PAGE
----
Darunavir (boosted with ritonavir) is recommended by WHO as a component of third-line antiretroviral treatment regimens, and as an alternative to second-line regimens for adults. Duranavir is also known as DRV.
There appear to be limited patents on darunavir in most low-income countries. The compound patent has expired. Secondary patents, such as those on the pseudopolymorph (a different form of the same drug) or on combinations, may potentially delay competition in certain countries, that are not covered by the commitment not to enforce patents. Patents on ritonavir (r) or cobicistat (c) would also affect the sale of DRV/r or DRV/c in certain jurisdictions.
The compound patent on darunavir expired in August 2013 in jurisdictions in which it had been granted. A method of use patent is not in force in developing countries.
Patents on the pseudopolymorph and/or on the combination with ritonavir have been granted in Albania, ARIPO member countries, China, EAPO member countries, Indonesia, Mexico, Philippines, South Africa and Turkey, and are pending in Brazil, India, OAPI member states and Viet Nam.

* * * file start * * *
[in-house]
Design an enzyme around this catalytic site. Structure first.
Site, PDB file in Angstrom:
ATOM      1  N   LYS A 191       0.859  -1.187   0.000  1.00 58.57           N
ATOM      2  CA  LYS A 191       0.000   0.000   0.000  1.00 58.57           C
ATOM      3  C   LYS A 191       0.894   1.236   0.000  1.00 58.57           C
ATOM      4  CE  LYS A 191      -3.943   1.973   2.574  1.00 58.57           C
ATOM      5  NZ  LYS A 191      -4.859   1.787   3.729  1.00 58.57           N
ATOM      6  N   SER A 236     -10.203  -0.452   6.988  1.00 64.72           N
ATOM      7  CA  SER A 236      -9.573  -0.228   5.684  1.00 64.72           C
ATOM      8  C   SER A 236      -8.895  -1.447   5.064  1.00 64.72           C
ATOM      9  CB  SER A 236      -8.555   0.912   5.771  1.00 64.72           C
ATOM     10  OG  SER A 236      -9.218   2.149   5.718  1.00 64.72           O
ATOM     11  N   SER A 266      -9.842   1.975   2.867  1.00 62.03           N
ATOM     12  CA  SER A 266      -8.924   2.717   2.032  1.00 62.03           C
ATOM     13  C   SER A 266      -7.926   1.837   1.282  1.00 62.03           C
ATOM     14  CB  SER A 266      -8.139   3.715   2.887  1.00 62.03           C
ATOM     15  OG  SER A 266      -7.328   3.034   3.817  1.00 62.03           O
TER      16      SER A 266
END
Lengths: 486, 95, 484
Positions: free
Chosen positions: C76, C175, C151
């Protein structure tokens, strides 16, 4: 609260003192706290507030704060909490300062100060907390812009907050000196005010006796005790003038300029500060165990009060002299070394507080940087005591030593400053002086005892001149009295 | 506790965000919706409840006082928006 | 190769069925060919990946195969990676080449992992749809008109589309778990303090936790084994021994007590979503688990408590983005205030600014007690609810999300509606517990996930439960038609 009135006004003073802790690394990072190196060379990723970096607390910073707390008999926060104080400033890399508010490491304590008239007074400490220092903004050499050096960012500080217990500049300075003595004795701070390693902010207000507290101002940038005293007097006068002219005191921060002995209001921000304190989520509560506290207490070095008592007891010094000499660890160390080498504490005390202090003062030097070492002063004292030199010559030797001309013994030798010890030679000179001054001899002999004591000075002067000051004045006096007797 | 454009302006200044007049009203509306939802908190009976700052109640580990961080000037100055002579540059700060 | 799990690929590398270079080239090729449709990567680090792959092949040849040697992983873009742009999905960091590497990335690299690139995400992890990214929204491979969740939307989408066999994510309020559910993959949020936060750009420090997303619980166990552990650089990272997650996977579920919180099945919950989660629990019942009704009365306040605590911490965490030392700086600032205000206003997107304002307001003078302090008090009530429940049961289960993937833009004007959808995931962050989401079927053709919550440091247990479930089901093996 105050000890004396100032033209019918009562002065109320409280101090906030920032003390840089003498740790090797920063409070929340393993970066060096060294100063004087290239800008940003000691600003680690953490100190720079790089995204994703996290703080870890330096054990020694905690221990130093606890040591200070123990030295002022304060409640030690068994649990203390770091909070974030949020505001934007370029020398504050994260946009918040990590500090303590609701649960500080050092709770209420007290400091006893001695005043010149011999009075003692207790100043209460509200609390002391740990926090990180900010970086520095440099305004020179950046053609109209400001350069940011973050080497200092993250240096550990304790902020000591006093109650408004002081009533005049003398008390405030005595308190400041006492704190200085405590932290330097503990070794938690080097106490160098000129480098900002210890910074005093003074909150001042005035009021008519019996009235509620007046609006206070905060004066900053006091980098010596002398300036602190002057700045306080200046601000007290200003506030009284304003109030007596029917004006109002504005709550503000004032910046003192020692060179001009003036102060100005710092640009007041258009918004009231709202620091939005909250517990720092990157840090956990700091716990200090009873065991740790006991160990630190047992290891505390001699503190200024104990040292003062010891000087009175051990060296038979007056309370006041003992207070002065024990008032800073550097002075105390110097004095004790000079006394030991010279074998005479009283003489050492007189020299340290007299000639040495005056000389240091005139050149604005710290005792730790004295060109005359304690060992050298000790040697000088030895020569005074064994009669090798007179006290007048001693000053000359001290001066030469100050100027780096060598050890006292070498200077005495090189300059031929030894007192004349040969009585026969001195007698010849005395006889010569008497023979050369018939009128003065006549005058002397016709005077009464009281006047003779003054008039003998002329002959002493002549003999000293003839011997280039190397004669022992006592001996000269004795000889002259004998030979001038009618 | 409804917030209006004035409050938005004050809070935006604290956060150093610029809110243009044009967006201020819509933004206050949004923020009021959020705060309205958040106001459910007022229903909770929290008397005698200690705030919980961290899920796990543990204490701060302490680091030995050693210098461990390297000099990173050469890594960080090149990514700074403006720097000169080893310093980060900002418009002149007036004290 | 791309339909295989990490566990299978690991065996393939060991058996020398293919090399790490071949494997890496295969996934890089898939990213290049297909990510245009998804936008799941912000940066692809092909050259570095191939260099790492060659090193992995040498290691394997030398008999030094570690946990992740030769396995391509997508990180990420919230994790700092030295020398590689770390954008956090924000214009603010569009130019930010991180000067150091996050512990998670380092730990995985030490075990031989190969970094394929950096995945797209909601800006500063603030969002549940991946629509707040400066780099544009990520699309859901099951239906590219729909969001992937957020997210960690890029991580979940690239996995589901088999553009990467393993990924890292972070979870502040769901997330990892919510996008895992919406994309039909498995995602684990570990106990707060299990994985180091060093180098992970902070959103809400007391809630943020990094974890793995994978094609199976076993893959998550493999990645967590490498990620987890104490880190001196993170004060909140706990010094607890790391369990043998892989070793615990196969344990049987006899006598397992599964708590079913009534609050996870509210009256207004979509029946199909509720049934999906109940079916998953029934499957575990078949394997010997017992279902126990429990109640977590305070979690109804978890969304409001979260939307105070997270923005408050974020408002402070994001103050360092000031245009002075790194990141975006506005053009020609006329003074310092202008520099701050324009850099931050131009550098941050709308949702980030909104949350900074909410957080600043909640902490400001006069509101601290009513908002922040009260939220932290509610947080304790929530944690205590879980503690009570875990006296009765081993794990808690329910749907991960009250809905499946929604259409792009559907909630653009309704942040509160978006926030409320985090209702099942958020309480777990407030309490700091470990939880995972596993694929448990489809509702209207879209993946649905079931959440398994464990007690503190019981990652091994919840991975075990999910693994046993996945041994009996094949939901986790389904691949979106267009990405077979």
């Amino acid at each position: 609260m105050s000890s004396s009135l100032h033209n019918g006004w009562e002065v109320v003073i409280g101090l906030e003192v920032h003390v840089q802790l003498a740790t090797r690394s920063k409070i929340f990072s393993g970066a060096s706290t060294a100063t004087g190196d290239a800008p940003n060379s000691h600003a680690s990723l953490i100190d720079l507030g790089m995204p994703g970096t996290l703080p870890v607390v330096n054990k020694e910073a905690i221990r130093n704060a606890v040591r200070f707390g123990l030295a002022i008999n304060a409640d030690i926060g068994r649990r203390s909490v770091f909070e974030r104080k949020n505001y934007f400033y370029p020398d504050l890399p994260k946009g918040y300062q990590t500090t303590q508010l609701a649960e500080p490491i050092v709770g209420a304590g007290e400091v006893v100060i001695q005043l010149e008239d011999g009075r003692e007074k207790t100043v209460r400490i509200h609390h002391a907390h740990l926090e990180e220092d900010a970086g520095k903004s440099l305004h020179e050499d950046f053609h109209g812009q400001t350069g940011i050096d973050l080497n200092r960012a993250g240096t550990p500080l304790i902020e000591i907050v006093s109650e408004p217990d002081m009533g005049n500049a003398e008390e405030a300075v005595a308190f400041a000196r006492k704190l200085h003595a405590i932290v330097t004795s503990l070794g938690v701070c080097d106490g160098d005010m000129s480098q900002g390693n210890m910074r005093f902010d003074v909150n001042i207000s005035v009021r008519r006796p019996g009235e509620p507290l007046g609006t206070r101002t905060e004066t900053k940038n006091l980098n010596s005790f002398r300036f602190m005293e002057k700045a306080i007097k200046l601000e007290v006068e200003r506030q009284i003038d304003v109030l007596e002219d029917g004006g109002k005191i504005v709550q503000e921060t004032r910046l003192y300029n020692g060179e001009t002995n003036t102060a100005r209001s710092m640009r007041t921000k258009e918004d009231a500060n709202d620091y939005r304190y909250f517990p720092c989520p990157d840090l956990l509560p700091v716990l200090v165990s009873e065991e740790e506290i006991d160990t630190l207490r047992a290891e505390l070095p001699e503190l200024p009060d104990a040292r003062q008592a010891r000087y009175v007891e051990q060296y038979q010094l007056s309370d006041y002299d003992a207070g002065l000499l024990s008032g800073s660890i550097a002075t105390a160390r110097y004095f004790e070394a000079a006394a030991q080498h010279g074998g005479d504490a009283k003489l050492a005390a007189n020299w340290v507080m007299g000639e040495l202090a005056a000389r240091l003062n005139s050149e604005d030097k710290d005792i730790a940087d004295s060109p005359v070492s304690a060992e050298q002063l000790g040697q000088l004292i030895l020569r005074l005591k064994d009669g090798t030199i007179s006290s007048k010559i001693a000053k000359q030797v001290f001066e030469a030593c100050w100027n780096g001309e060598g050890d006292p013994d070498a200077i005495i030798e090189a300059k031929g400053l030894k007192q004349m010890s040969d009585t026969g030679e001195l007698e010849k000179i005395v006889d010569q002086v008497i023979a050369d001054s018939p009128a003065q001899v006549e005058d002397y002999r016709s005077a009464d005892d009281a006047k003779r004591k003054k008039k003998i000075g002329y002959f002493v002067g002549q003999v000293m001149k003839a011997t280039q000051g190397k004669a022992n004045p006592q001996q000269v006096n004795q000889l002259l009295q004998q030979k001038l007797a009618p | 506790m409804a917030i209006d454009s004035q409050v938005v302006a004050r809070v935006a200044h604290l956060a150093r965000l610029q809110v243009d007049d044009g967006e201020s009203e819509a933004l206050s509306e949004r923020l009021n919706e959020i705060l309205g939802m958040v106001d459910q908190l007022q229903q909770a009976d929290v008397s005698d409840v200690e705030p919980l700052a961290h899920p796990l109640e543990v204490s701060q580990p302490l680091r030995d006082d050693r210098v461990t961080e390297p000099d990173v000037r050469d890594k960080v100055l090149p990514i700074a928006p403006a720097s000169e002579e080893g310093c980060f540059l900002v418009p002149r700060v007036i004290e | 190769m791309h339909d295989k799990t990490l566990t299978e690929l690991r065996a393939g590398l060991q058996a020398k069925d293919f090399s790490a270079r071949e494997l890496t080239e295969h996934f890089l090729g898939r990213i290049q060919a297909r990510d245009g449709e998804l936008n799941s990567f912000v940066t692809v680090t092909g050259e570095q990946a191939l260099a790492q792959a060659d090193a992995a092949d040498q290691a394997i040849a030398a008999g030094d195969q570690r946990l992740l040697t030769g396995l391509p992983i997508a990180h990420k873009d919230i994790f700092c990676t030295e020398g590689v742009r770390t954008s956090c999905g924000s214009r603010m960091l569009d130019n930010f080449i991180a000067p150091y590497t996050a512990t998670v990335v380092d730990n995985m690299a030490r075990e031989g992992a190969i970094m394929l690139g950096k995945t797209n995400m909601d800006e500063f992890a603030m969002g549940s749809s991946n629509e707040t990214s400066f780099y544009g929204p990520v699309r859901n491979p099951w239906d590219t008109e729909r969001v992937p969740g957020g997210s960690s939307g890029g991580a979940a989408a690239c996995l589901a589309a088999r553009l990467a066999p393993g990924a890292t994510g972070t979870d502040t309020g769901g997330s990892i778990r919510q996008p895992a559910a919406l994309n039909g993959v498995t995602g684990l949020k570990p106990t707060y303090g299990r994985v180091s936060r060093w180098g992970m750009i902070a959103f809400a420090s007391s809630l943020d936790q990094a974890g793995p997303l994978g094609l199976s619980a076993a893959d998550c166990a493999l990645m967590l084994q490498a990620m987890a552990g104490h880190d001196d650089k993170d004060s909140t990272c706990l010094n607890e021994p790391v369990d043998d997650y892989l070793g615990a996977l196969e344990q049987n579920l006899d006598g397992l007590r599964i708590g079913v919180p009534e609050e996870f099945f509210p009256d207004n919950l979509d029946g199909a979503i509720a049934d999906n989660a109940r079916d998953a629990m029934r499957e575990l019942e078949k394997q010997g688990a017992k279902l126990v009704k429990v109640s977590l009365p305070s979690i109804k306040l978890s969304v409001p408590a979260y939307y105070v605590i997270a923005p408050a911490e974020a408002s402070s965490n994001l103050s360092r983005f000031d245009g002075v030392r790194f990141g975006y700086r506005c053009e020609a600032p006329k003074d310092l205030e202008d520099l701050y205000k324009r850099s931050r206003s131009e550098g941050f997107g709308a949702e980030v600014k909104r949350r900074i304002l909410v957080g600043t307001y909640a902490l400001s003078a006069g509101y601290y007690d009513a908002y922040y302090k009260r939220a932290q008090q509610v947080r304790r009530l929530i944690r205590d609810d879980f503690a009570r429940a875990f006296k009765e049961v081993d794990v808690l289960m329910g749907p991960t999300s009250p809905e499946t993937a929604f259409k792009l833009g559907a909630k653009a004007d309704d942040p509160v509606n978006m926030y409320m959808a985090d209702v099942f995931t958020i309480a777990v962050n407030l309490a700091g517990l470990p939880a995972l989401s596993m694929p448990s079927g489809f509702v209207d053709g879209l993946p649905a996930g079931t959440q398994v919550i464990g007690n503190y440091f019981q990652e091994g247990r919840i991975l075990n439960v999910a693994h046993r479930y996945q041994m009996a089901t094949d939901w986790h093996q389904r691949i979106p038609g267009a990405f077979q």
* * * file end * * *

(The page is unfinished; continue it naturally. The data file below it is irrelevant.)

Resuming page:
A commitment not to enforce patents on darunavir in sub-Saharan Africa and least-developed countries has been announced by the patent holder. The commitment was extended to 128 countries for paediatric products in 2015. In addition, a licence was granted to one manufacturer for the sale of darunavir in India.
Darunavir requires boosting with ritonavir or cobicistat. While no combination with ritonavir has yet received regulatory approval, the combination with cobicistat was registered by the European Medicines Agency in November 2014 and by the United States Food and Drug Administration in January 2015. Clinical trials are ongoing for the combination DRV/TAF/FTC/COBI.